'Big Canadian reggae lion' Jo Jo Bennett dies at 81
The Sattalites cofounder and 2-time Juno Award winner' was a reggae pioneer in Canada
Joseph "Jo Jo" Bennett, an influential member of Canada's reggae scene and a respected teacher, died on Tuesday at the age of 81, his friends told CBC News.
The flugelhorn and trumpet player with the renowned band the Sattalites was a two-time Juno Award winner. Bennett was not only known for his musical talent, but for his care for others and larger-than-life personality.
"He brought a lot of joy with his music," said Bennett's bandmate and lead vocalist Fergus Hambleton.
"He was an extremely musical person and he was an extremely encouraging person," Hambleton said.
"That made him a great teacher and a great player."
Before Hambleton and Bennett were bandmates, they were teachers. In the early 1980s, they formed "The Sattalites Music School," a teaching group that ran on a "pay-what-you-can" basis.
The band later formed with five more members: David Fowler, Bruce McGillivray, Junior McPherson, Rick Morrison and Bruce Robinson.
The fusion of Hambleton's alto voice and Bennett's flugelhorn was at the centre of their unique sound.
But he was not only known for playing reggae, said Julian King, a Toronto music promoter for more than 20 years. He would also play jazz and a little rock 'n' roll.
"Jo Jo was a musician first and reggae was his thing," King said.
To King, Bennett was a friend and mentor.
"He's easily one of our favourite sons, and fathers and godfathers of reggae music ... I call him the Big Canadian Reggae Lion," he said.
Blair Moody, a friend of Bennett's for more than 40 years, said the musician was "always giving,"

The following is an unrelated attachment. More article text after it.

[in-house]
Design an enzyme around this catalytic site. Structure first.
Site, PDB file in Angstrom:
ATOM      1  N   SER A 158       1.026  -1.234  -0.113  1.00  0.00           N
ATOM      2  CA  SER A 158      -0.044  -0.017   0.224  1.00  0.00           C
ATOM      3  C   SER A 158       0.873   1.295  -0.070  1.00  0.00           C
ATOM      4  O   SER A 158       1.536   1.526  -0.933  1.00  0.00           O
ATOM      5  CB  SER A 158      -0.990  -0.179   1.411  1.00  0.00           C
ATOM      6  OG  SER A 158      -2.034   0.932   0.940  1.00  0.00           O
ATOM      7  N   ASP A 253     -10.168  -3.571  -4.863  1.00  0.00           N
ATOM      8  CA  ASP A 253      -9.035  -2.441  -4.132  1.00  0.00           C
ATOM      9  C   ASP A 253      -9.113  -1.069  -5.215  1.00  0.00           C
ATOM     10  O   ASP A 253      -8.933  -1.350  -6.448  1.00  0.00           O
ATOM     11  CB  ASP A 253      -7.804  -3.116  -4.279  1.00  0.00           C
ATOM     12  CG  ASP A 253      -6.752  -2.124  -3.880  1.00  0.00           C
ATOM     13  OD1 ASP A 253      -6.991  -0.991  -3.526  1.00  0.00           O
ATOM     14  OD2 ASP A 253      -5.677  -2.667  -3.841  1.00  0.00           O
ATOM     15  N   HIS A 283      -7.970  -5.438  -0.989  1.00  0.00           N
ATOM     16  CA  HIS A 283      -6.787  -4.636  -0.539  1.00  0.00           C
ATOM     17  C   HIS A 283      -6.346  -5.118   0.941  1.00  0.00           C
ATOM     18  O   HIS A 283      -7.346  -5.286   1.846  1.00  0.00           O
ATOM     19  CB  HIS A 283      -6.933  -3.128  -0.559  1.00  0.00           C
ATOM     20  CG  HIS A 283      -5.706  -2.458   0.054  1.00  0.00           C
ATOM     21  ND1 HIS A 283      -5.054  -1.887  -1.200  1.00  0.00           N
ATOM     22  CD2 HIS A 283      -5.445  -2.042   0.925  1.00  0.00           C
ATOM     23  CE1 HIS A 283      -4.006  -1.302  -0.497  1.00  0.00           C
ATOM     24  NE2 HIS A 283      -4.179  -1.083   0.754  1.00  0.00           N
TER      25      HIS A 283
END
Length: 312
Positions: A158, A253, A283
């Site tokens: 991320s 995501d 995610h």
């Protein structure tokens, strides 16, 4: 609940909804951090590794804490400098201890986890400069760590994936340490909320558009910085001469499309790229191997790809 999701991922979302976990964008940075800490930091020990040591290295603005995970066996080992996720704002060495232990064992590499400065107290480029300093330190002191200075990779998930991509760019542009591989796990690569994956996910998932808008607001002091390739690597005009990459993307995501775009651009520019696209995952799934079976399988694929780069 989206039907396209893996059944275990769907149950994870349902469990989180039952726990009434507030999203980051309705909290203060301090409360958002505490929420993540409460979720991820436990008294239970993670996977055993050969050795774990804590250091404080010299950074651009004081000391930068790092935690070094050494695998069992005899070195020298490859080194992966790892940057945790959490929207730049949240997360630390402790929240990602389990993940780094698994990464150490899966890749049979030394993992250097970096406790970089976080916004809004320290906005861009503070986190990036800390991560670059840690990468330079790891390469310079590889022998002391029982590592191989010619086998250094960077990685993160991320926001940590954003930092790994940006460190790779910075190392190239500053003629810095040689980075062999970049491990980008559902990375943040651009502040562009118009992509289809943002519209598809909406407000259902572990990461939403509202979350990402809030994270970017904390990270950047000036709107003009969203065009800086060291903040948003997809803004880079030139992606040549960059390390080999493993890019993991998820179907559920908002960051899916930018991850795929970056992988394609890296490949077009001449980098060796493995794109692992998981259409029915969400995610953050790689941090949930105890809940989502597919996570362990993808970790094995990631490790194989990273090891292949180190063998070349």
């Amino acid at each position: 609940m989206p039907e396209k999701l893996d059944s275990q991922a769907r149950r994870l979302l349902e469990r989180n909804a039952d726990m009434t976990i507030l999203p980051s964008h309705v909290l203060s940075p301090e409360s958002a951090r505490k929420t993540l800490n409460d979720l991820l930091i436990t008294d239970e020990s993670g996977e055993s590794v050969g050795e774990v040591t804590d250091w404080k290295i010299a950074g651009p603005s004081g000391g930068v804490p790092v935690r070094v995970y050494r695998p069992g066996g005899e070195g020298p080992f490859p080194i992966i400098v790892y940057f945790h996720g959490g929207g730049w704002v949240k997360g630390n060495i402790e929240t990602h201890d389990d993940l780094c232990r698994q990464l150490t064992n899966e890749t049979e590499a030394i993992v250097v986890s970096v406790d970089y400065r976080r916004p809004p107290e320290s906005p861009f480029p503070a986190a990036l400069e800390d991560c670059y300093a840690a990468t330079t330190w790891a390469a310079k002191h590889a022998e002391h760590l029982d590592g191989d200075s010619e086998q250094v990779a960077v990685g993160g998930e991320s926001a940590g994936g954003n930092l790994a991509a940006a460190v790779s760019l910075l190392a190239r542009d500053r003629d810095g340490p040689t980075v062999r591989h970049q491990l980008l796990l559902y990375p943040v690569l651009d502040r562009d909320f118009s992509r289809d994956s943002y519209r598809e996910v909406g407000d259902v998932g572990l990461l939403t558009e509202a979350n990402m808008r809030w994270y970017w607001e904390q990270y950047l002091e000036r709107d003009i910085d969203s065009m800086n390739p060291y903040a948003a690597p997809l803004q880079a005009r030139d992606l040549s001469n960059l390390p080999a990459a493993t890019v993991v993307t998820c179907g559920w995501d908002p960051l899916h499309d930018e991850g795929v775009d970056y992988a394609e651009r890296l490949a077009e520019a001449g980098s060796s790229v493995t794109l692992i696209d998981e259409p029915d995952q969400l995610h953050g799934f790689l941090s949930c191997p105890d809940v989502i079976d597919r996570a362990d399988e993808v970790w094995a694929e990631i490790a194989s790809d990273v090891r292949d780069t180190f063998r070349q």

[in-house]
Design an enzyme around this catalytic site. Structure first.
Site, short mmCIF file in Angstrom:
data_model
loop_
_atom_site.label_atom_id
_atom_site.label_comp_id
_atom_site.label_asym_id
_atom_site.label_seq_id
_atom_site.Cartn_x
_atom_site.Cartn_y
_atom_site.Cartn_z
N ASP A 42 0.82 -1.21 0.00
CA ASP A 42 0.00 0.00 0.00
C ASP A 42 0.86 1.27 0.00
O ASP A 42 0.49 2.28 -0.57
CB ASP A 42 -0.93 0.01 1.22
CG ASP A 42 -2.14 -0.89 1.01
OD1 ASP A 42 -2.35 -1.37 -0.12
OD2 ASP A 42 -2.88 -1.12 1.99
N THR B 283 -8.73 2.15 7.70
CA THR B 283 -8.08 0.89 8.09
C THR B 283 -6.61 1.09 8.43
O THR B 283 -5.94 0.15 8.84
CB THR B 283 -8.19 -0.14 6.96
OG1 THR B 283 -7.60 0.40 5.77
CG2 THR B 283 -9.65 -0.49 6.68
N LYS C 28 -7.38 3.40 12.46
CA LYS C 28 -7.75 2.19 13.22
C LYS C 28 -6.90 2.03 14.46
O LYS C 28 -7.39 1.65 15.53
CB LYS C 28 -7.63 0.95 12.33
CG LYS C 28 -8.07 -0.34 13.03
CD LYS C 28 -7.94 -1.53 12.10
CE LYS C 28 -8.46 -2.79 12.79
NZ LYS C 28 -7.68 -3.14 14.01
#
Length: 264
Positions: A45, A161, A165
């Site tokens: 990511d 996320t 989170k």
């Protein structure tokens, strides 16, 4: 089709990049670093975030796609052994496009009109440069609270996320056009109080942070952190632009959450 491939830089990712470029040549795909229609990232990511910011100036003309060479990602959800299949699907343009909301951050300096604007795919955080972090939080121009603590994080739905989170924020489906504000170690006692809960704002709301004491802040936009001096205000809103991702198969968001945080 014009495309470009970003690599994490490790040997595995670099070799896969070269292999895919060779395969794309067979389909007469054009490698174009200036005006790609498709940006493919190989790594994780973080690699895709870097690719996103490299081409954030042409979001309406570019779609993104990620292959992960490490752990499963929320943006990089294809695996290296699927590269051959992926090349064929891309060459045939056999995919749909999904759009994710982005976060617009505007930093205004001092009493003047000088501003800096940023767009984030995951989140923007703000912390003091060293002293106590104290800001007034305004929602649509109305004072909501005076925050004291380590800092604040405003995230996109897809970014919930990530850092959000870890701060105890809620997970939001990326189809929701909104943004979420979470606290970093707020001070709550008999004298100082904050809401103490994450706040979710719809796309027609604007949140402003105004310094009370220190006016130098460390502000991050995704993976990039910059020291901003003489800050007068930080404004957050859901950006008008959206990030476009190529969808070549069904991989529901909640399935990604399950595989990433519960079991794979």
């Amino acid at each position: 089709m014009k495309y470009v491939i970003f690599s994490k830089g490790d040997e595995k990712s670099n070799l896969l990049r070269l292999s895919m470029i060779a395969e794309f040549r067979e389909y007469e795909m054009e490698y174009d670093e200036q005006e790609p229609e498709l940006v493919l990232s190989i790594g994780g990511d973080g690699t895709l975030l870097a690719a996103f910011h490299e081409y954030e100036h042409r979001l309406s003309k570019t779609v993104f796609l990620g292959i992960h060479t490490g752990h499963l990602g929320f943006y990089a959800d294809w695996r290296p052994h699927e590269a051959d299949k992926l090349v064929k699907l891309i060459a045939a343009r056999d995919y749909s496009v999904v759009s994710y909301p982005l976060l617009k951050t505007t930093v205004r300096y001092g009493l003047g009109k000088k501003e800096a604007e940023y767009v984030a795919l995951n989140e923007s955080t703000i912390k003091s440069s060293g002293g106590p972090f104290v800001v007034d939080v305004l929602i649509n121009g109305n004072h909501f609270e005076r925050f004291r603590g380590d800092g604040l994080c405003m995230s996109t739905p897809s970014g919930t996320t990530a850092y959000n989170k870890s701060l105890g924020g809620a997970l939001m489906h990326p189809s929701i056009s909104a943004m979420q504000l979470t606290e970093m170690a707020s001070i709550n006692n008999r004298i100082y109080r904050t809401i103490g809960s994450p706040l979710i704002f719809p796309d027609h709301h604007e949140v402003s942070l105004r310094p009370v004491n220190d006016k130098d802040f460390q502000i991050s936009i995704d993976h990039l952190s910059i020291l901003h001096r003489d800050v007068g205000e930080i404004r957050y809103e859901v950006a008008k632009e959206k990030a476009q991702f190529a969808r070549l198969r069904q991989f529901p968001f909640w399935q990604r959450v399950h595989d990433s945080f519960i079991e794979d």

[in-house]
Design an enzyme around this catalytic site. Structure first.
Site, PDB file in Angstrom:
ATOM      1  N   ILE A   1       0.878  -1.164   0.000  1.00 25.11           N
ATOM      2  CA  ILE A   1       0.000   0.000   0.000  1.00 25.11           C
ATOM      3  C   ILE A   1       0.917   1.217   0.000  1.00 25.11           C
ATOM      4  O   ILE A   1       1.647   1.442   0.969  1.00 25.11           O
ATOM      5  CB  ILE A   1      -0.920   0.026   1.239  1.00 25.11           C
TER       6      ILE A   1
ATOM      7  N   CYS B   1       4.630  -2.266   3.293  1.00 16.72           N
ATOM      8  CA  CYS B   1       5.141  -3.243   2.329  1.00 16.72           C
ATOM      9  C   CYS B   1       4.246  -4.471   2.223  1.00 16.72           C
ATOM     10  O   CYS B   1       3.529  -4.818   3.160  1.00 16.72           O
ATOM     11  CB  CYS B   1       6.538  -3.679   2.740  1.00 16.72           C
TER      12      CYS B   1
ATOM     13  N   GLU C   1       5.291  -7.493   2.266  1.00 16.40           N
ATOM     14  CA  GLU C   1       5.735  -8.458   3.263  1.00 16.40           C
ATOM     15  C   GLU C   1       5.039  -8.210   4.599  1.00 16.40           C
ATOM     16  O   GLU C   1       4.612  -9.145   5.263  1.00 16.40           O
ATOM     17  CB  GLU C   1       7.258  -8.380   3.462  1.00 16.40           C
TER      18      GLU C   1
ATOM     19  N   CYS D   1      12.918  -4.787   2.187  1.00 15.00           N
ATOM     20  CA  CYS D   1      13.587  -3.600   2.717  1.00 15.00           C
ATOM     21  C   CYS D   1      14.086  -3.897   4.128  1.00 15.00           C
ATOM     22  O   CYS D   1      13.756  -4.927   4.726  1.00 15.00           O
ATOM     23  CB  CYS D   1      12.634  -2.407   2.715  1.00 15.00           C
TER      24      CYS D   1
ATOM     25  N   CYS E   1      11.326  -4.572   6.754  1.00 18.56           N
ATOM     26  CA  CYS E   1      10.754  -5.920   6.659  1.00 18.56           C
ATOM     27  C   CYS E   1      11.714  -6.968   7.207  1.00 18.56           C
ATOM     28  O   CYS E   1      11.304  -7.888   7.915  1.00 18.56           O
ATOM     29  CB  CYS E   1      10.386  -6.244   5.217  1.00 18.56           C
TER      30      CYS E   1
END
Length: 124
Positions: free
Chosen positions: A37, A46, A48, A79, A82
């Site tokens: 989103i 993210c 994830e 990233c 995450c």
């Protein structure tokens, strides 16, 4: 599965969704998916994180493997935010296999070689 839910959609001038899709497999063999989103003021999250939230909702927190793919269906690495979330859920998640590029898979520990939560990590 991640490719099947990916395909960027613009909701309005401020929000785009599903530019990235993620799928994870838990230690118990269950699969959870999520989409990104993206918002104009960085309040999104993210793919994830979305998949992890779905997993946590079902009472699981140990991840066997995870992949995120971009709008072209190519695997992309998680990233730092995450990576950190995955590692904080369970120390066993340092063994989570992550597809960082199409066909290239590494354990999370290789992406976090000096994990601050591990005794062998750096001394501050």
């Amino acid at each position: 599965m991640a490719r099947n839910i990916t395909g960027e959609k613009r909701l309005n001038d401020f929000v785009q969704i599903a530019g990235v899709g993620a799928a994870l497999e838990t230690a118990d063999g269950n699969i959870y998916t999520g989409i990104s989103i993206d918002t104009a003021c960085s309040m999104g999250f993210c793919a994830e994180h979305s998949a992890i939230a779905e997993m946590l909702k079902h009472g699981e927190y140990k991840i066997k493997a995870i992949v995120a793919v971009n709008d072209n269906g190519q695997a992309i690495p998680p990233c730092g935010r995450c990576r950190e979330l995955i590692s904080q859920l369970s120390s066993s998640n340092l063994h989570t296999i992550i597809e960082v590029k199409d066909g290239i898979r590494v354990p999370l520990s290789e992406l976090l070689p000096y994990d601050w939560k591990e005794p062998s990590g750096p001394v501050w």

Moody said Bennett, known as "Guru" and "Teach," always supported the idea of a music school.
'A few dollars in his pocket and a horn under his arms'
Bennett, born in Kingston, Jamaica on July 13, 1940, began his music career at the age of 10 when he enrolled at Alpha Boys' School studying jazz and the classics.
"It's where he learned so much ...came out of there with a few dollars in his pocket and a horn under his arms," Moody said.
"Jo Jo was a consummate musician, a consummate teacher, hence his nicknames."
Moody said Bennett had suffered several strokes a couple of years back, but seemed to get back in good shape each time.
Moody, who would take him to doctor's appointments and watch baseball and hockey with him, said he was at his bedside the day before he died.
He said it was difficult seeing his health deteriorate in just a few weeks after his birthday in July this year.
"He's a Rasta man. He said, 'I'm checking out, I know that', and he refused all medical interventions basically, due to his beliefs," he said.
"He's an integral piece of what Jamaica has provided to the world, he made the world a better place."
Bennett's legacy is marked on a mural in Toronto's Reggae Lane in Little Jamaica.
King said a celebration of Bennett's life is set to take place in October.
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With files from Dalia Ashry